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    Default Hardening gears

    Is hardening of gears/shafts common practice ?
    I ordered an input shaft/gear for my old Startrite Sabre gearbox and this turned out to be NOT hardened. The company who manufactured this shaft according to original specs/drawings claims that hardening is not called for.
    Is this correct ?

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    It all depends on load and operating conditions.

    If a gear can be reasonably sized for the load and decently lubricated there is little benefit in hardening. Stock gears from distributors such as HPC, Boston gear at all are not hardened.

    Hardening adds considerable extra manufacturing work resulting in a significantly more expensive gear. Not only does it have to be hardened, an extra step which may also need a more expensive steel to start with it has to be finished by grinding. If you are going to grind a gear might as well do the job properly to higher levels of precision. Having done that for a pair of gears you might as well make the housing really accurately so the shafts are precisely positioned. Having done all that you have something capable of taking much, much higher loads. Its the sort of thing you do for automotive gearboxes et al. If done on a one off or few off basis theres is also a risk of hardening failure under load with the hard case spalling off.

    Your Startite bandsaw has modest power and there is plenty of room to fit an unhardened gear large enough to easily cope with the load. So Startrite kept things simple. Indeed hardened gears appropriately sized for the load might well have been too small and hard to design in. Far as I can see, if properly lubricated, those gears should last pretty much for any reasonable machine life. But seals do leak and who changes the oil on their bandsaw!.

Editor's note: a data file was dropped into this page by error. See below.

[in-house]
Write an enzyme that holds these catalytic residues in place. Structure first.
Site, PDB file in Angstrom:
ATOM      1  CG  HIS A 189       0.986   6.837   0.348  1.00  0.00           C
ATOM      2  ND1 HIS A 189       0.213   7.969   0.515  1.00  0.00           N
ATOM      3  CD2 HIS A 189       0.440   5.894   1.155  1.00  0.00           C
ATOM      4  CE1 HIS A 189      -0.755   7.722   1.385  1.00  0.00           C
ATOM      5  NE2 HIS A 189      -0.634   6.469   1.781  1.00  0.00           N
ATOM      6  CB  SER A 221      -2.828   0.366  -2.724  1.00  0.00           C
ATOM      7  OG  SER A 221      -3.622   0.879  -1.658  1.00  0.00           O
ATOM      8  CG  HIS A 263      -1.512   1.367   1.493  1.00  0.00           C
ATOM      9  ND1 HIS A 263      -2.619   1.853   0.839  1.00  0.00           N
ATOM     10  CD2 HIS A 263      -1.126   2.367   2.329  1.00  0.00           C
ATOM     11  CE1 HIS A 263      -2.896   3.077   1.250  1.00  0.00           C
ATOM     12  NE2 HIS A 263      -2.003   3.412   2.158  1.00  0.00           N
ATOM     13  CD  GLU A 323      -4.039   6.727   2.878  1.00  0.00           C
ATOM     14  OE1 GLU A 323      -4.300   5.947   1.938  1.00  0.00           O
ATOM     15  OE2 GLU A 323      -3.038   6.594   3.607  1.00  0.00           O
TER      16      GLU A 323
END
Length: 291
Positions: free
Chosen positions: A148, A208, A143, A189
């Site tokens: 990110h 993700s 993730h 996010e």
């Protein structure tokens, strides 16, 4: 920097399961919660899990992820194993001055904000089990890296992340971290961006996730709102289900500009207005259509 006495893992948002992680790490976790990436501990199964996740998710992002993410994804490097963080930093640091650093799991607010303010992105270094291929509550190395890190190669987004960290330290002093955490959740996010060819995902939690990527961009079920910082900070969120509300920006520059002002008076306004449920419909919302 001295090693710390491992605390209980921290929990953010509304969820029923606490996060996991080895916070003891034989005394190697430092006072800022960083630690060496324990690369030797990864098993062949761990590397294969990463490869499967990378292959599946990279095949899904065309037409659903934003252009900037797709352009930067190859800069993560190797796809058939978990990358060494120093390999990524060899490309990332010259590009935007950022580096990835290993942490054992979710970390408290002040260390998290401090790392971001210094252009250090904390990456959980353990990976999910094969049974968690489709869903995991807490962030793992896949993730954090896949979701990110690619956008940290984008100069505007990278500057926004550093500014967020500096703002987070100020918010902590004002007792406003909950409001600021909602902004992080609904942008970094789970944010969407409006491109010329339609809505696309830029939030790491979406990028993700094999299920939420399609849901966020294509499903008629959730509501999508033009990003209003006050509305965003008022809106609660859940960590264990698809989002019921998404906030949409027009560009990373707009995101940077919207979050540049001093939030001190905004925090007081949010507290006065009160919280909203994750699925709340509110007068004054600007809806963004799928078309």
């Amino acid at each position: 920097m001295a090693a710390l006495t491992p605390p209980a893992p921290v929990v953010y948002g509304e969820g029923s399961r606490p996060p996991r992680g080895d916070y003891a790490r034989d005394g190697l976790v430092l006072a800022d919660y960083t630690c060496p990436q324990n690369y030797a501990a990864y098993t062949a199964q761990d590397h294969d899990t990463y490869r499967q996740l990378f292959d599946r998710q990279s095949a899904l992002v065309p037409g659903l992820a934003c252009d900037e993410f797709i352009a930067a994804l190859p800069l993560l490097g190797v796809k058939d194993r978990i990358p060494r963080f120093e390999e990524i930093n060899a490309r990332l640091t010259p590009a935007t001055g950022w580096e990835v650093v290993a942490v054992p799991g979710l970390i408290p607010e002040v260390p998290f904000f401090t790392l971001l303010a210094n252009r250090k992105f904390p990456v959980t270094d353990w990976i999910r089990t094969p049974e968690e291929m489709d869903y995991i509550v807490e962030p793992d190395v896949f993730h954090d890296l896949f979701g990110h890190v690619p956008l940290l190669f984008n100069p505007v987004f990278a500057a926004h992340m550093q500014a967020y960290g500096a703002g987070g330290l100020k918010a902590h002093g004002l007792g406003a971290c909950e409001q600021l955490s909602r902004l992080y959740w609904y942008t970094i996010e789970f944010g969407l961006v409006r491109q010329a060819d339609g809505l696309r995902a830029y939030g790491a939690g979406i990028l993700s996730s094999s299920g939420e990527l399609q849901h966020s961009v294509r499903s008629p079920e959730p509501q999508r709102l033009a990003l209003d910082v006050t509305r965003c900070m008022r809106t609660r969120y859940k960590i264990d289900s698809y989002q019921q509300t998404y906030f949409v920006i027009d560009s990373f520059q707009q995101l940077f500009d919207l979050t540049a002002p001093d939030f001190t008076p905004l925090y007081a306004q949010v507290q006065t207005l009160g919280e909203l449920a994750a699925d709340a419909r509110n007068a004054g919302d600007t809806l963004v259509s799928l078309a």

Clive
    Last edited by Clive603; 02-25-2020 at 02:46 AM.

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    Clive, thank you very much for this explanation !

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    An addition to that, at least for HPC, is that they offer gears in EN24T/4340PH, which can be heat hardened/tempered, but can also be nitrided later if you need to do any machining on them before using them. Nitriding cost about the same as hardening/tempering, but results in even less change in dimensions.

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    Thanks for explaining such amazing information.

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    When I worked for a company that used to buy in certain mould tools from China the unscrewing geared tools always had hardened gears, they nearly always shattered in a year.

    When I see hardened gears now, it makes me giggle.

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    Quote Originally Posted by Luke.kerbey View Post
    When I see hardened gears now, it makes me giggle.
    Like in the transmission of your car ?

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    No, in mould tools.


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